• Then place your pieces of cardboard in glass jars or Petri dishes. The cardboard must be well moistened but not completely soaked with water (let it drain for a few moments)
  • Meticulously wash the mushroom
  • Dip the scalpel/knife in alcohol and then heat it in red with a flame (no smoke).
  • Let it cool for 10 seconds
  • Cut the oyster mushrooms lengthwise and take a small piece from the neck of the oyster mushrooms (see photo).
  • Place the oyster mushroom pieces on the cardboard in your Petri dishes. Inoculate at least 5 Petri dishes for a better chance of success.
  • Place the Petri dishes in an incubator where there is no light with a temperature between 25-30°C. You must then wait for the mycelium to invade the entire box 7-15 days before inoculating your bottles with substrate.

Step 2 - Preparation and sterilization of substrate bottles

The mushrooms we intend to grow for consumption must be able to colonize the substrate before other fungi and bacteria. To this end, we sterilize the substrate and the bottle to which we will add the previously cultivated mycelium (free of any contaminants). This technique gives the cultivated mushroom a head start over the others.

  • Put the wood chips in a container.
  • Add water until the chips are completely covered
  • Add about 3% of the weight of the shavings in calcium carbonate (chalk or crushed shells of crustaceans).
  • Cover the mixture and let it stand for one day to allow pathogen endospores to develop and be more easily removed afterwards.
  • Fill the plastic bottles with your substrate. It must have a moisture content of 60-65%. Pierce the caps of the bottles and put a cotton plug at the neck, which allows gas exchange while preventing unwanted germs from entering. Close with the perforated caps.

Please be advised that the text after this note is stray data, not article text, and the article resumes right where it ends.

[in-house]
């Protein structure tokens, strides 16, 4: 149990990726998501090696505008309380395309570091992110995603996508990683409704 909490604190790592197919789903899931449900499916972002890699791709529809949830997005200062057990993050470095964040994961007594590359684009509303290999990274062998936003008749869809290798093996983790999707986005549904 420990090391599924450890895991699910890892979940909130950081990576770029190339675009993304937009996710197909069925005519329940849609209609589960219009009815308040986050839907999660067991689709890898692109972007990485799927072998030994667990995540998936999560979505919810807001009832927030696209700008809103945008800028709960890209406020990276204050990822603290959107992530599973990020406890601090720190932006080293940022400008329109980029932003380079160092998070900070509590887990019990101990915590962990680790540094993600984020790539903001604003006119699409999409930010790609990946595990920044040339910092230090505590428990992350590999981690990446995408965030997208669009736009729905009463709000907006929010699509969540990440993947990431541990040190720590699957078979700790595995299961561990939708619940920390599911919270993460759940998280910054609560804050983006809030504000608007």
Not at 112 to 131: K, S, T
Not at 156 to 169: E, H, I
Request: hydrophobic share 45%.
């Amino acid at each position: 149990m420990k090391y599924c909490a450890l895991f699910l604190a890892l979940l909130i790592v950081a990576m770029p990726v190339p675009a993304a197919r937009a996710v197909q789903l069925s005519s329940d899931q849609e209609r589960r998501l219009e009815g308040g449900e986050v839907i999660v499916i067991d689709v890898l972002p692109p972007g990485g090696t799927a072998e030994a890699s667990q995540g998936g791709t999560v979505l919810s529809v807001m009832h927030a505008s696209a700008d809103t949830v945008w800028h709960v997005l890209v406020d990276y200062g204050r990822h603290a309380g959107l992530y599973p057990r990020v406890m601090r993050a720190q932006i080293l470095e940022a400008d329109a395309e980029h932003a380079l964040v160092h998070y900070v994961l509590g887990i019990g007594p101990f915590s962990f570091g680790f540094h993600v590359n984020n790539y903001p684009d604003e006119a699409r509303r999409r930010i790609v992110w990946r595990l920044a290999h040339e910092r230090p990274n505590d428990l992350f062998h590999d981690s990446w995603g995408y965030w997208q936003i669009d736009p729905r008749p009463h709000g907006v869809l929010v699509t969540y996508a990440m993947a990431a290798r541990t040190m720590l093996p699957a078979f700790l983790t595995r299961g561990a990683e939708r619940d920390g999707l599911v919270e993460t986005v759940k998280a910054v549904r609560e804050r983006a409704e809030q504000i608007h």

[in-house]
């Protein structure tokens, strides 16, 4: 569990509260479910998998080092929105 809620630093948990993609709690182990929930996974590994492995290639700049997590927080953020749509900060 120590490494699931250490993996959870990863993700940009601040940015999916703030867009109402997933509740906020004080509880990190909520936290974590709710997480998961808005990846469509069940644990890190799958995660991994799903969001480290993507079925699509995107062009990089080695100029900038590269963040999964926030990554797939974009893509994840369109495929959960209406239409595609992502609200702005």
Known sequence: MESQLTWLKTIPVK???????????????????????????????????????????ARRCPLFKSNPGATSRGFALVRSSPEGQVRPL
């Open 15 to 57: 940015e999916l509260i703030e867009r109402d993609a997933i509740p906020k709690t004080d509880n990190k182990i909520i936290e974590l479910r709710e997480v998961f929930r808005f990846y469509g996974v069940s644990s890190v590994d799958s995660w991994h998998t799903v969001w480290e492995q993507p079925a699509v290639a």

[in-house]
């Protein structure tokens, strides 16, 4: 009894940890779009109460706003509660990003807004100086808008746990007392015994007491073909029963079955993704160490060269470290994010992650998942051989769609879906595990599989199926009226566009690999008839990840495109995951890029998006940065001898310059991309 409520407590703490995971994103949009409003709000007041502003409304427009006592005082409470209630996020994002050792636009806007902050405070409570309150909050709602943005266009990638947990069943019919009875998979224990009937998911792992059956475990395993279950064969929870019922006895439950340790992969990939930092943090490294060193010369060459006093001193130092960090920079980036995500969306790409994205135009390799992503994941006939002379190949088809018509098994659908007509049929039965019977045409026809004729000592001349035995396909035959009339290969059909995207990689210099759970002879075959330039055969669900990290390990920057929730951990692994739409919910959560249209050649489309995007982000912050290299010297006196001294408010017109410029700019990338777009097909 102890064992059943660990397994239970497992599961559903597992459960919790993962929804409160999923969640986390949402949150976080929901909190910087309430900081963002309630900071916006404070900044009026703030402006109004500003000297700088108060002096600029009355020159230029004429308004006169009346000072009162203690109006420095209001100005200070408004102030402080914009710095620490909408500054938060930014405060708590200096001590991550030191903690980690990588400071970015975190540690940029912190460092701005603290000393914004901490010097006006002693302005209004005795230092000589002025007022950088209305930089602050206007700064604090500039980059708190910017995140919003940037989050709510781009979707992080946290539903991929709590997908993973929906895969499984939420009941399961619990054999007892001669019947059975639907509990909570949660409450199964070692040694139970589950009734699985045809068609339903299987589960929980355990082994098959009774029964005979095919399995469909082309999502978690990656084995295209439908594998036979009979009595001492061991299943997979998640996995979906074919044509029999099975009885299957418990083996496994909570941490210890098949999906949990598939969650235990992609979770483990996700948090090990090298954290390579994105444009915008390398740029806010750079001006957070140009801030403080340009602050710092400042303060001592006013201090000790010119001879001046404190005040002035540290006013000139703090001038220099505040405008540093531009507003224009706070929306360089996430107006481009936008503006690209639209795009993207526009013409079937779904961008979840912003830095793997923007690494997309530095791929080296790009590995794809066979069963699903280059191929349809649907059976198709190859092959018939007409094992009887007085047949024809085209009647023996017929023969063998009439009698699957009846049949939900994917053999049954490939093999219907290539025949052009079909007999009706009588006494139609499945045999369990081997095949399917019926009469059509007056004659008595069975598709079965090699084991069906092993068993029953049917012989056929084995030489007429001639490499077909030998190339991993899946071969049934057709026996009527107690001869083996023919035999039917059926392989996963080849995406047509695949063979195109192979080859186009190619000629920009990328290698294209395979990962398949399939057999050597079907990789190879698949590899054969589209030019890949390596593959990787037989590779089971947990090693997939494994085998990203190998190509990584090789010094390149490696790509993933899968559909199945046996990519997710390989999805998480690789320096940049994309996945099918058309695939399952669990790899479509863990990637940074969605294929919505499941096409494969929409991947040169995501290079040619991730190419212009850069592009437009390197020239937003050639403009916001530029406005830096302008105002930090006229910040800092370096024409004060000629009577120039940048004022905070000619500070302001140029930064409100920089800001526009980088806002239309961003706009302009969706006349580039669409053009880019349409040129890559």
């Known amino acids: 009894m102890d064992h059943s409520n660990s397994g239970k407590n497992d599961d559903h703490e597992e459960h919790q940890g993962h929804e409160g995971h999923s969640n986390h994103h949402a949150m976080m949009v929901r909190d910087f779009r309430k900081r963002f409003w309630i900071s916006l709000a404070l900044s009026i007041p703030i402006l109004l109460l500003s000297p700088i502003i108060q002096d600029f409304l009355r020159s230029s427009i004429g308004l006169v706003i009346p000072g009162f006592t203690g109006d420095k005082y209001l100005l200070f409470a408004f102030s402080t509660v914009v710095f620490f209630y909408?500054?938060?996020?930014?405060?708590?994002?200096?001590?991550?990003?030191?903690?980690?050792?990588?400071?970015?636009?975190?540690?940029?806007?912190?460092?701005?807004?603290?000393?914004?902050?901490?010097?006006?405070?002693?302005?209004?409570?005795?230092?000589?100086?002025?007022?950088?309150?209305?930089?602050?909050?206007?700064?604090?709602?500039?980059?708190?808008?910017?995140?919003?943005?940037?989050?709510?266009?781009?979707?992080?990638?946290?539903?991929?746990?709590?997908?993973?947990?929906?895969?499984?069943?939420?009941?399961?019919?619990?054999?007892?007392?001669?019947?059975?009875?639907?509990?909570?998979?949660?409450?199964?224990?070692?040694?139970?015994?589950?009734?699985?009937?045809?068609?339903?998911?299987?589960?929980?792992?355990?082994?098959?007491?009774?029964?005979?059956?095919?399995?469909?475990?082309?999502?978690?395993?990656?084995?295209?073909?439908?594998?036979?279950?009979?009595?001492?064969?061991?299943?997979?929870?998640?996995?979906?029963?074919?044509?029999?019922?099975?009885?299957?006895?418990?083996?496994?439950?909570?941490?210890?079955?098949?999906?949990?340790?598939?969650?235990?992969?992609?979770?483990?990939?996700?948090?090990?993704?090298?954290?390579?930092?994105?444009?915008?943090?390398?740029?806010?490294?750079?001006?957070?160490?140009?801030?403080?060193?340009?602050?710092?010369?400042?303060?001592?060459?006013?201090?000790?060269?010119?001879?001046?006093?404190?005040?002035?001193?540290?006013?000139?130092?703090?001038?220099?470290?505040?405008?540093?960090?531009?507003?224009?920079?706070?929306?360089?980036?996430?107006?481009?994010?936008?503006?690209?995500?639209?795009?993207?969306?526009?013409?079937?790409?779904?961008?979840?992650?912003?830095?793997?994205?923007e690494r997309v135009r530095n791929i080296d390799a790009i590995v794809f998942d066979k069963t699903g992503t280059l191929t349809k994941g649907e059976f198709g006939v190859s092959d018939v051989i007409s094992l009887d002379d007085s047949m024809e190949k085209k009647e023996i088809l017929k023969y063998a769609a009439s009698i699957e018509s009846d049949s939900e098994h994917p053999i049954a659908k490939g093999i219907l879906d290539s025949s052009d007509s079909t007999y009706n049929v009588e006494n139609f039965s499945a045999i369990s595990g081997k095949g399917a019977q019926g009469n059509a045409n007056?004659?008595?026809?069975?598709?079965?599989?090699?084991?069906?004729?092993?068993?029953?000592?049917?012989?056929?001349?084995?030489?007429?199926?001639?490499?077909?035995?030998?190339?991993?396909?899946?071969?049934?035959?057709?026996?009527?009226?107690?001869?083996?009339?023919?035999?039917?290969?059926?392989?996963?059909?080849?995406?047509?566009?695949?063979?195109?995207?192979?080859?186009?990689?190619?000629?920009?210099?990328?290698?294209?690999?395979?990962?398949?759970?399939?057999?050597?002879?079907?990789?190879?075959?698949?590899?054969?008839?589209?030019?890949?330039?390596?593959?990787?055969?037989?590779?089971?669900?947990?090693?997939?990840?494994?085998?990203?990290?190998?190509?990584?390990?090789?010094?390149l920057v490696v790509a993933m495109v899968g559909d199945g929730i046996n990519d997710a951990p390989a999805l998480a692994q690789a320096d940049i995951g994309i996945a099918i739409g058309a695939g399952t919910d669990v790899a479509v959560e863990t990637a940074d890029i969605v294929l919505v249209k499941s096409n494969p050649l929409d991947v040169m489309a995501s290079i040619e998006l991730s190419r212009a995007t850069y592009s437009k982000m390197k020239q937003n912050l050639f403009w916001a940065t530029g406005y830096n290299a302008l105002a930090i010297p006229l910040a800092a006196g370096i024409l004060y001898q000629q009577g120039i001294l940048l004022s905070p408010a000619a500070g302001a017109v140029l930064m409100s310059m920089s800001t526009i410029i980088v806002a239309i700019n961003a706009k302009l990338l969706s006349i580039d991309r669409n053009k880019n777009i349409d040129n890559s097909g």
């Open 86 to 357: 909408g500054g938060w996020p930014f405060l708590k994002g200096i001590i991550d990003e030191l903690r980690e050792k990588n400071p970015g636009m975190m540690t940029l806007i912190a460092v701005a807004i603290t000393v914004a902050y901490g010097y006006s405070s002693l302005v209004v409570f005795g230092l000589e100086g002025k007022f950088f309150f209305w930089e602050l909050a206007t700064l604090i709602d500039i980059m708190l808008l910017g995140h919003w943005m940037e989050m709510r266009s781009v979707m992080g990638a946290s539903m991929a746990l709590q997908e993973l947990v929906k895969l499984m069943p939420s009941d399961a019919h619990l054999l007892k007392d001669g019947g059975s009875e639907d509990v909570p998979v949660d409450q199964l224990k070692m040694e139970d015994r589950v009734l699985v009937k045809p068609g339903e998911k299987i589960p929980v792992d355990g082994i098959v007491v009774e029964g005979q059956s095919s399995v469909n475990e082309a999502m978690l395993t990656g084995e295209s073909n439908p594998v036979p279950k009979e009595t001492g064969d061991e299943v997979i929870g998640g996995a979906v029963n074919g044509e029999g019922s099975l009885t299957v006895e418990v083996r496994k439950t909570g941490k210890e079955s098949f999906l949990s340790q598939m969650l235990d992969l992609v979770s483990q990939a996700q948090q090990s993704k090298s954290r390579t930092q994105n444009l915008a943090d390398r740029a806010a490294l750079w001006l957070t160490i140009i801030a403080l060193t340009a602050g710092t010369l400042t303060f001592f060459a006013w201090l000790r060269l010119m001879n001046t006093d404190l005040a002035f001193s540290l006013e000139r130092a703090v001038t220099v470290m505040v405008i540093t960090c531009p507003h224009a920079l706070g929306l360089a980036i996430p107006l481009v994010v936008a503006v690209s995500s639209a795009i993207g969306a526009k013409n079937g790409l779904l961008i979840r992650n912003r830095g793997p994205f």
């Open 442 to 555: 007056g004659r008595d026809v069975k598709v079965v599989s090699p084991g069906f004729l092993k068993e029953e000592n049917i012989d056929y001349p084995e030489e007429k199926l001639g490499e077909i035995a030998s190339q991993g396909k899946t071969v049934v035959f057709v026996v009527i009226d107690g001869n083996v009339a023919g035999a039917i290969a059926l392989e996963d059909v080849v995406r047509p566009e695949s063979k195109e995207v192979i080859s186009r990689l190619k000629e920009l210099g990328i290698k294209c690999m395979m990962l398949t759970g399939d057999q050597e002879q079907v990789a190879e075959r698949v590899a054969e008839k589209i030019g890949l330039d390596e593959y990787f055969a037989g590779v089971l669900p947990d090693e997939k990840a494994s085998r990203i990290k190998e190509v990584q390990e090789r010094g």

Note: To know the right level of humidity, press a pellet of sawdust, a few droplets should flow and not a trickle of water.

  • Sterilize the bottles containing the substrate. Here we left them in a solar oven for one day. It is also possible to use a microwave. Let them cool down.

Step 3 - Substrate inoculation

  • Open the sterilized bottles to inoculate them with your mother spawn, rich in mycelium, delicate passage because it is necessary to be fast enough to limit the risks of contamination during the opening of the bottles. It is important to work in a sterile environment during this operation (clean hands, clean clothes, etc...).
  • Using tweezers previously sterilized in rubbing alcohol, place the ends of cardboard boxes covered with mycelium on the substrate of your bottles.
  • Close the bottles immediately and put them in your incubator at a temperature of 20-30°C, without light.
  • Using tweezers previously sterilized in alcohol at 70°C, place the ends of cardboard boxes covered with mycelium on the substrate of your bottles.
  • Close the bottles immediately and put them in your incubator at a temperature of 20-30°C, without light.

Step 4 - Fruiting and harvesting of mushrooms

Notes and references

Comme tout le travail du Low-tech Lab, ce tutoriel est participatif, n'hésitez pas à ajouter les modifications qui vous semblent importantes, et à partager vos réalisations en commentaires.